What is stress?
Stress is a natural part of life. Your life will contain different events that create stress. Stress can be positive in the form of eustress (e.g., a coach motivating a player to perform), or it can be negative in the form of distress (financial stress or health concerns). Below is a short list of factors that impact how someone views stress:
- Socioeconomic status
- Level of support
These factors can have significant impacts not only on how stress is viewed but also on how it is managed.
What are different forms of stress?
Stress comes in all shapes and forms. There are normal day-to-day stressors, and then there are catastrophic stressors. If someone has experienced catastrophic stress, they may need more immediate support than someone who has experienced day-to-day stress.
What are the negative effects of stress?
Research has shown that over time, stress can negatively impact different aspects of one's health. Stress causes the human body to release cortisol, which then alters a person's immunity, digestion, cognitive function, and other natural body processes. Stress manifests in each person differently. The following are common ways stress manifests itself:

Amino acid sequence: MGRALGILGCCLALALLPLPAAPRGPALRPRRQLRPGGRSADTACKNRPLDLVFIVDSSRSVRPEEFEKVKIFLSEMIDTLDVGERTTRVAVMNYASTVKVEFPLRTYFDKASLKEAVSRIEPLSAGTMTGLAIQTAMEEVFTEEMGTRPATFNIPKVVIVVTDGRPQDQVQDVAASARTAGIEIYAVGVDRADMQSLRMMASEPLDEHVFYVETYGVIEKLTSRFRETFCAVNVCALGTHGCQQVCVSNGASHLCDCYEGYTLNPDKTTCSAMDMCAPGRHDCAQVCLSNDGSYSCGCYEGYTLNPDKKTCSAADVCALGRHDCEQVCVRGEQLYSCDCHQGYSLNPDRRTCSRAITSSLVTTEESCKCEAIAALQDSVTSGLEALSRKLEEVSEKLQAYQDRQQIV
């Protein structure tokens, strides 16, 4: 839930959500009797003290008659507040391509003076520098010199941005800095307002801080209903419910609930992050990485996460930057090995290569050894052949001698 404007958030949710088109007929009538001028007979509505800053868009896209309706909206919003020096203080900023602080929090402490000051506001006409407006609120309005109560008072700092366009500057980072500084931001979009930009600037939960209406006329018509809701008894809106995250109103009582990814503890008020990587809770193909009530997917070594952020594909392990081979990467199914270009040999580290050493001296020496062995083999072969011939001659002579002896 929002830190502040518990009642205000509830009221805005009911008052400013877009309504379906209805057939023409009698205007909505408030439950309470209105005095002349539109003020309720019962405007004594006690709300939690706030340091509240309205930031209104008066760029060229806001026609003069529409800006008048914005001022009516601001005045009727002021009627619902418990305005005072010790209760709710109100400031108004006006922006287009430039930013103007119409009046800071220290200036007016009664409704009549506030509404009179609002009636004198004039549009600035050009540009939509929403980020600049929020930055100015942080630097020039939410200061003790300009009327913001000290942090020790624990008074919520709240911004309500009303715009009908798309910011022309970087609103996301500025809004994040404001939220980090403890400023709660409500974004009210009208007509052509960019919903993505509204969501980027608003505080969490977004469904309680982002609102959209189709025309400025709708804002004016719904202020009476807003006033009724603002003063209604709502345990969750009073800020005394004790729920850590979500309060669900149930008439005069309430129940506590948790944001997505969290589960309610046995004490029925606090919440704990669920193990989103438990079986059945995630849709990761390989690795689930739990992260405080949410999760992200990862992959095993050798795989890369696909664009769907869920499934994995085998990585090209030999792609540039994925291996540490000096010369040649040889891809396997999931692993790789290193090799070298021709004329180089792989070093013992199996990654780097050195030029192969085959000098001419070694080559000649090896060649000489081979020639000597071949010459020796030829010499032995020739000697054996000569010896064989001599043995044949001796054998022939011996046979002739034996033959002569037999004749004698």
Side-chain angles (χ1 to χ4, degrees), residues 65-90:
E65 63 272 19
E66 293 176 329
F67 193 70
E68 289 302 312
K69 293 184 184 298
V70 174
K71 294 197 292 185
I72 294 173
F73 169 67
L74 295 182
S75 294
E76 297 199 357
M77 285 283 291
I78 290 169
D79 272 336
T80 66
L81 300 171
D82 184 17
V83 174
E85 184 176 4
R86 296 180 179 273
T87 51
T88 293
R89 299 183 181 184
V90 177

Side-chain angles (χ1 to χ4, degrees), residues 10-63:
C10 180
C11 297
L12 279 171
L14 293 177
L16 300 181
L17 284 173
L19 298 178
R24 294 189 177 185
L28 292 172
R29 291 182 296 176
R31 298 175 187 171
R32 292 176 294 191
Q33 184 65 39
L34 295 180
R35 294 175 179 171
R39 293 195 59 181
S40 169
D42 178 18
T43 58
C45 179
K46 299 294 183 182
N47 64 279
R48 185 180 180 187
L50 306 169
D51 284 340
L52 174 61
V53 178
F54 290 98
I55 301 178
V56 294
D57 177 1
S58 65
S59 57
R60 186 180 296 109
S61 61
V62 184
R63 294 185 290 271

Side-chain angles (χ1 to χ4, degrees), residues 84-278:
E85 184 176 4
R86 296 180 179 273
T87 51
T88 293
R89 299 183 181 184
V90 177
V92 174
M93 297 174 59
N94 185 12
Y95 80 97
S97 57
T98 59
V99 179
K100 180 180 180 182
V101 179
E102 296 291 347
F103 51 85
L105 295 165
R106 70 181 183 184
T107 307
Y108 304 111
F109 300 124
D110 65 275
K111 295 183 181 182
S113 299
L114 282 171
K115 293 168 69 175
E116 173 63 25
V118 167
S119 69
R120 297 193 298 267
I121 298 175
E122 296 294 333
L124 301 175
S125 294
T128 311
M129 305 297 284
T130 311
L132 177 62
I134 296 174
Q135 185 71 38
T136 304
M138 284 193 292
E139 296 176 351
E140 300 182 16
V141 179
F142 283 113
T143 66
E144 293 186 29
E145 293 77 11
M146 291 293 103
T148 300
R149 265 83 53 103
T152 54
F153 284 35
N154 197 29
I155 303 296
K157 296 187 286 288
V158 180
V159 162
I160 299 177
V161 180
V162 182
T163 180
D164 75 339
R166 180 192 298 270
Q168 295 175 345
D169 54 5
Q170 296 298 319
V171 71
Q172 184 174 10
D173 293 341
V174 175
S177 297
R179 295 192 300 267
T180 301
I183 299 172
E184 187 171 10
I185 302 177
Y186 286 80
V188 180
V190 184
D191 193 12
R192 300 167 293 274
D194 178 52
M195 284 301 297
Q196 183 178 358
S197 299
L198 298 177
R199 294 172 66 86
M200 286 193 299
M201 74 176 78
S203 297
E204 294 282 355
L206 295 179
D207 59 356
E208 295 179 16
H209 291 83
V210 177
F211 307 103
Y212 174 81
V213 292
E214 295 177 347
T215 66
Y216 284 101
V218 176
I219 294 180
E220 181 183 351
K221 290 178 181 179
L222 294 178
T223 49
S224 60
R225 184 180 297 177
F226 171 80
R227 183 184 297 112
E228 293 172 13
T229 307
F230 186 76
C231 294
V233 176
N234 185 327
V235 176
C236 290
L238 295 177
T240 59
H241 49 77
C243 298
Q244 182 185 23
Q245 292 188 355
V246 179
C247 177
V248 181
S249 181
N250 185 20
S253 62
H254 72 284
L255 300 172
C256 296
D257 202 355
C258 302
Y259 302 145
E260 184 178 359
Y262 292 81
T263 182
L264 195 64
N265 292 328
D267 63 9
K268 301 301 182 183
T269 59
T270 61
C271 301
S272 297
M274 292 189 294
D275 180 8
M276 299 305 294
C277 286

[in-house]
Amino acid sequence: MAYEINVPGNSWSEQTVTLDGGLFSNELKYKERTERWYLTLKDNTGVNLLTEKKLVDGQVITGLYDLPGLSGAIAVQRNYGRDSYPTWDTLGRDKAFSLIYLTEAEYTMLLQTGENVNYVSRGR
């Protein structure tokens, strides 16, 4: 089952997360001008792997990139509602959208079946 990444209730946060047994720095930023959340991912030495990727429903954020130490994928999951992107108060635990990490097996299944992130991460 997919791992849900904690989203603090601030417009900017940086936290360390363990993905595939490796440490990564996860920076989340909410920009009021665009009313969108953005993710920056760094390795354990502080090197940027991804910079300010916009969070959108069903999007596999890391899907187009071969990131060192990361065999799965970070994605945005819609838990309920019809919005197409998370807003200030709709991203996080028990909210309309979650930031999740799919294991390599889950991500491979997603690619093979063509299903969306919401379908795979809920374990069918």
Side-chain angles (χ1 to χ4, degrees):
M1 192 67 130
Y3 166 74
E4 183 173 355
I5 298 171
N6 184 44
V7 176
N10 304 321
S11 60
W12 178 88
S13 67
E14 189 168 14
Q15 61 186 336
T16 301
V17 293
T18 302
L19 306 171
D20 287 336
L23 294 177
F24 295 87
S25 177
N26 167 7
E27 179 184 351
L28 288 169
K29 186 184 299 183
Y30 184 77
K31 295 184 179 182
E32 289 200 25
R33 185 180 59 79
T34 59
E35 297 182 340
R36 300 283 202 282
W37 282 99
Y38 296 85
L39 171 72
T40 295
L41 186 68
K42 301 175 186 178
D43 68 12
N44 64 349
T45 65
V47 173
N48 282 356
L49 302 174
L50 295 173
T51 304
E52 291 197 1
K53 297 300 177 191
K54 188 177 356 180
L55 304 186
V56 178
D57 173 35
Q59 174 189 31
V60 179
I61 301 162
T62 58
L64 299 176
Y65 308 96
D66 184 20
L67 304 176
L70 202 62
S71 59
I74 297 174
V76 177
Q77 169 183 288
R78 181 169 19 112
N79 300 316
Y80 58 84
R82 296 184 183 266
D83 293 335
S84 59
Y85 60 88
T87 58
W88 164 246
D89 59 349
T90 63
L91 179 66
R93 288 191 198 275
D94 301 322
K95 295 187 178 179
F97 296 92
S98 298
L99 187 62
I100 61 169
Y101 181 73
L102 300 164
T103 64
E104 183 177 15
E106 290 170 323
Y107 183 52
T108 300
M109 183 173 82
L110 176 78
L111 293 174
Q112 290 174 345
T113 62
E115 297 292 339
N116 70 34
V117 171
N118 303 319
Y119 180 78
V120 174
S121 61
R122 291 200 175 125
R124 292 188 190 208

- Difficulty with concentration
- Challenges with sleep
- Appetite and sleep disturbances
- Gastrointestinal symptoms
Stress Management Strategies
Every person is different in how they manage their stress and what works best for them. It can take time and patience to find the most effective strategies. For many people, maintaining a healthy diet, obtaining adequate amounts of sleep, and engaging in physical exercise can help reduce stress. Below are a few methods to manage stress from an alternative medicine approach:
- Deep breathing exercises
- Progressive muscle relaxation
- Chiropractic care
- Massage therapy
- Qi gong
- Tai Chi
What are other treatments available for stress?
Psychotherapy, including Cognitive Behavioral Therapy (CBT) and Acceptance and Commitment Therapy (ACT), can be helpful in teaching cognitive and behavioral methods to manage stress. If the stressful event has elements of trauma, specific trauma therapy may be necessary. This includes Eye Movement Desensitization and Reprocessing (EMDR) and Cognitive Processing Therapy (CPT). At times, a person may need to be prescribed medication(s) to help manage severe stress symptoms.